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Teen admits harassing, sending death threat to Premier League footballer Neal Maupay on Instagram

SINGAPORE — A teenager and supporter of Arsenal Football Club pleaded guilty on Wednesday (June 2) to harassing English Premier League footballer Neal Maupay — including threatening to kill him and his family last year.

Derek Ng De Ren sent threatening messages to footballer Neal Maupay via social network Instagram.

Derek Ng De Ren sent threatening messages to footballer Neal Maupay via social network Instagram.

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  • Derek Ng De Ren, 19, was upset over a Premier League match between football clubs Arsenal and Brighton and Hove Albion
  • He sent Brighton footballer Neal Maupay four threatening messages via Instagram
  • He used anonymous accounts and threatened to kill Maupay, his family
  • Ng is due to be sentenced on July 7

 

SINGAPORE — A teenager and supporter of Arsenal Football Club pleaded guilty on Wednesday (June 2) to harassing English Premier League footballer Neal Maupay — including threatening to kill him and his family last year.

Singaporean Derek Ng De Ren, 19, became upset after Maupay, a French national playing for the Brighton and Hove Albion Football Club, tackled Arsenal goalkeeper Bernd Leno during a Premier League match in June last year.

Maupay went on to score the winning goal, causing Arsenal to lose 2-1. Leno had to be taken off the pitch after suffering a serious knee injury.

Ng later used anonymous accounts on social network Instagram to send four threatening messages to Maupay over eight days.

Ng, who committed the acts from Singapore, pleaded guilty to two charges under the Protection from Harassment Act for using threatening words against the footballer. 

Two other charges will be taken into consideration during sentencing on July 7.

Under the Act, offenders in Singapore who harass anyone overseas can be prosecuted here.

District Judge May Mesenas called for reports to assess if Ng is suitable for probation or reformative training.

Probation is usually offered to first-time offenders between the ages of 16 and 21. It does not lead to a recorded criminal conviction and allows young offenders to carry on with their education or employment while serving their sentences.

Reformative training, a regimented rehabilitation programme for young offenders who commit relatively serious crimes, is a more severe punishment.

The court heard that Ng was a junior college student and watched the game between Arsenal and Brighton on television around 10pm on June 20 last year.

Angered by Maupay’s goal and blaming him for Leno’s injury, he used an Instagram account to send three messages to Maupay.

Four days after the match, he threatened Maupay: “You think you will get away for injuring Leno? No way in hell bruv... But don't worry you will be safe you won't be hurt. It's more fun watching you feel pain when your loved ones go through suffering.”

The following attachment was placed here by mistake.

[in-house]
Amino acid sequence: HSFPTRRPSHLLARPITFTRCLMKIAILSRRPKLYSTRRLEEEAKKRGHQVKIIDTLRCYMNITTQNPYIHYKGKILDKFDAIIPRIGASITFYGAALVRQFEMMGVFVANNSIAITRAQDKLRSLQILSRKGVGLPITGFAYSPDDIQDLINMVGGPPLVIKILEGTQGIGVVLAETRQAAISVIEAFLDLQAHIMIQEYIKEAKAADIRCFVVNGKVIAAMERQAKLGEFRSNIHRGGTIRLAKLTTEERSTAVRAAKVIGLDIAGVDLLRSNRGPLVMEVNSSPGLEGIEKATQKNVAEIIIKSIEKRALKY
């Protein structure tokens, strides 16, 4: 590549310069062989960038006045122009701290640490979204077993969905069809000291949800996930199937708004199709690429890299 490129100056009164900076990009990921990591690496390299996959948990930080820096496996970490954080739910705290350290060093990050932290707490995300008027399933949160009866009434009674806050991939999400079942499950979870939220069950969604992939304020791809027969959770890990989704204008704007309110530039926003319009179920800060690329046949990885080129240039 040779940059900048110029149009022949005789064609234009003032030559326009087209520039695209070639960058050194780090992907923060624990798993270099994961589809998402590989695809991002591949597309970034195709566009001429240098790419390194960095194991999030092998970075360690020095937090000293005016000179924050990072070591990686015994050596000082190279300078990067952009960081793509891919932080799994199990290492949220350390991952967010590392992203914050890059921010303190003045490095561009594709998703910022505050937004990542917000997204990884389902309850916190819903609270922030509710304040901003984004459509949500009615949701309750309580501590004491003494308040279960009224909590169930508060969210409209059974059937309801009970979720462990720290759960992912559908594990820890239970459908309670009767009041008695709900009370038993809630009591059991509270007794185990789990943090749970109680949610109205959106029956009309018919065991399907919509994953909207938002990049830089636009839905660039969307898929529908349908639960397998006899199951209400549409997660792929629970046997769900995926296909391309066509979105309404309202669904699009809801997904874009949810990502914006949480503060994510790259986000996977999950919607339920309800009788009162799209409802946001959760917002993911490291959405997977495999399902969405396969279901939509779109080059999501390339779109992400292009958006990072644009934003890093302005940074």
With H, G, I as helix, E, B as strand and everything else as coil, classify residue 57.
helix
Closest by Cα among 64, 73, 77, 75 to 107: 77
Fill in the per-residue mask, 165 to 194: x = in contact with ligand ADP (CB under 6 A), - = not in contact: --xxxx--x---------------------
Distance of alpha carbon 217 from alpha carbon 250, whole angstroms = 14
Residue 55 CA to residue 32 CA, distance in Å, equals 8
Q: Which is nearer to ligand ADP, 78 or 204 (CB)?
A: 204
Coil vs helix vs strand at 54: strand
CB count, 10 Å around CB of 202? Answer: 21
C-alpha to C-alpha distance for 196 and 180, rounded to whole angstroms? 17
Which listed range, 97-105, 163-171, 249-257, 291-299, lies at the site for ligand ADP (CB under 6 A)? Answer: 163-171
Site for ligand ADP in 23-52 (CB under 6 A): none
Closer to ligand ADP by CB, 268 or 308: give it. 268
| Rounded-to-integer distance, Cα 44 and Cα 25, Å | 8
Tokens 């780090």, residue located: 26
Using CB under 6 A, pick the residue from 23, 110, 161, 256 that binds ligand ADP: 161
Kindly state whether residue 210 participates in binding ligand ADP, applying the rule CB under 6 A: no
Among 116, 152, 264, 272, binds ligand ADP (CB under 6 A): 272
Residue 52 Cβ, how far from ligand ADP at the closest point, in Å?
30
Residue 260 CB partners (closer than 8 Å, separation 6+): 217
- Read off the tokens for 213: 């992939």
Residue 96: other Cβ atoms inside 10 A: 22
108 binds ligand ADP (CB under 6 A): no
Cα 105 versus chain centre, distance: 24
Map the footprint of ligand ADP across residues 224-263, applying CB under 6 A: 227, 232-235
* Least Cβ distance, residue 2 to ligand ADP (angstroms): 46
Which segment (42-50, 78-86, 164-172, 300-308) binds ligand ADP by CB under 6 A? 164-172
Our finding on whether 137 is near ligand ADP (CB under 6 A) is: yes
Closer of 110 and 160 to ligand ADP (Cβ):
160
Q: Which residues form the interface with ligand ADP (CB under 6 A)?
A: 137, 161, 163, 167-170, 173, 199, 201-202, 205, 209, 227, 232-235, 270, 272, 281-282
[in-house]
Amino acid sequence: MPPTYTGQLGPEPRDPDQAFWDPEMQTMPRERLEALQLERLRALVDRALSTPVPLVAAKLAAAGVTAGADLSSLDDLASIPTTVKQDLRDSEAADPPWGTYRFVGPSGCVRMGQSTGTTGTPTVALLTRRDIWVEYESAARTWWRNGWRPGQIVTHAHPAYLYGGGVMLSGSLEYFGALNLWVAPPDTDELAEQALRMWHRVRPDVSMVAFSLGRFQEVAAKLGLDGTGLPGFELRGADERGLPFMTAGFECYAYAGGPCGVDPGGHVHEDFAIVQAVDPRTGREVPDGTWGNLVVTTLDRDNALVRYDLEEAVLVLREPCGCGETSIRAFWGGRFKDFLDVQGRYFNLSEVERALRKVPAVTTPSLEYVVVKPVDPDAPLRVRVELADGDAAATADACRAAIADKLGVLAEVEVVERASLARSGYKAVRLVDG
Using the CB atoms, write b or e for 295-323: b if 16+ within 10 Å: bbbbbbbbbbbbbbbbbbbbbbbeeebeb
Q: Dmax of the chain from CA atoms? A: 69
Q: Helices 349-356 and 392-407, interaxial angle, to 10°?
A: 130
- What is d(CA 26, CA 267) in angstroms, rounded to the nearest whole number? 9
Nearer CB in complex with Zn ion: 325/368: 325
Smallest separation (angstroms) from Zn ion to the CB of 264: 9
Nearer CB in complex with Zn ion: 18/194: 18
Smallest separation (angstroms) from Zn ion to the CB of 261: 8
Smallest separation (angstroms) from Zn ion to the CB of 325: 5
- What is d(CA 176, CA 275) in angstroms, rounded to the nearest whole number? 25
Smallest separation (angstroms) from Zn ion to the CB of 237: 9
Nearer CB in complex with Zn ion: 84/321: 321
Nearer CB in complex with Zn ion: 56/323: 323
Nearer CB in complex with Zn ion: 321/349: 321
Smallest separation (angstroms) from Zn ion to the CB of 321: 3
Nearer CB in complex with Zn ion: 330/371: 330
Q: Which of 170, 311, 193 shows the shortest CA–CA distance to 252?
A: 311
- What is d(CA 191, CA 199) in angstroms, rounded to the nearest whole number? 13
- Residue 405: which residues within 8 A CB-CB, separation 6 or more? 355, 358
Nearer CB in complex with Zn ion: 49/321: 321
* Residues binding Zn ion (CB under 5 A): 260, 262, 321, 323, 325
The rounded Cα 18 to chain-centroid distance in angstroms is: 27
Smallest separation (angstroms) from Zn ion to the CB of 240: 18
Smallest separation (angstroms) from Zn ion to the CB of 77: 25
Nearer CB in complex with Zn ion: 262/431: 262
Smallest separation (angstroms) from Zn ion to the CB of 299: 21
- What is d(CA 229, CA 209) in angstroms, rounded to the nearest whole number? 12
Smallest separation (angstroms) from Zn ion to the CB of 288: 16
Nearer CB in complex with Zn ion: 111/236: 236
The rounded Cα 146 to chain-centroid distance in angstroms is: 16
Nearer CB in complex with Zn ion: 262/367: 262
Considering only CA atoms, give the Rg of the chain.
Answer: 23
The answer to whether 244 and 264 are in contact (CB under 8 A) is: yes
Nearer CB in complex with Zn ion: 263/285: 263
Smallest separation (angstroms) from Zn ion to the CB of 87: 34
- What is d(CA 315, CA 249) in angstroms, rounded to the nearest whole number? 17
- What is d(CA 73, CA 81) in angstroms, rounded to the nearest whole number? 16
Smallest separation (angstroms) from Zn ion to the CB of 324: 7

The day after, Ng sent the footballer an expletive. And a day later, he wrote: “Your family will be attacked later in the day just watch.”

Maupay did not respond to the messages and reported them through the Premier League’s online abuse reporting system. The league's legal team later tracked down the location of the culprit.

Instagram later blocked Ng’s account, which had no identifying details.

About a week later, on July 1 last year, Ng created an anonymous Instagram account with a similar name.

He sent Maupay a fourth message: “You think by reporting my account you’re safe? I will kill you and your family.”

Maupay was distressed and believed Ng’s threats to be “legitimate and credible”. He and his family did not leave their home as far as possible for fear of being attacked.

A Premier League representative in Singapore filed a police report against Ng on Aug 11 last year.

In seeking reports for probation and reformative training, Deputy Public Prosecutor Jeremy Bin said that the case was “part of a real and rising trend of offending behaviour, leveraging on technology to cause far-reaching psychological harm to unsuspecting victims without fear of repercussions”.

Ng’s threats, the prosecutor added, were not mild and he had been able to cause material harm to Maupay who was some 10,000km away.

Ng’s lawyer Mark Yeo from law firm Kalco Law argued that only a probation report was necessary at this point.

“We recognise that the offences committed by the accused are not trivial. Yet they are not so serious as to necessitate the calling of a reformative training report,” he said.

The judge disagreed and ordered that Ng be remanded for seven days, so that the reformative training report can be prepared.

Adult offenders convicted of using threatening words could face a jail term of up to six months or a fine of up to S$5,000, or both.

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crime court harassment English Premier League Neal Maupay

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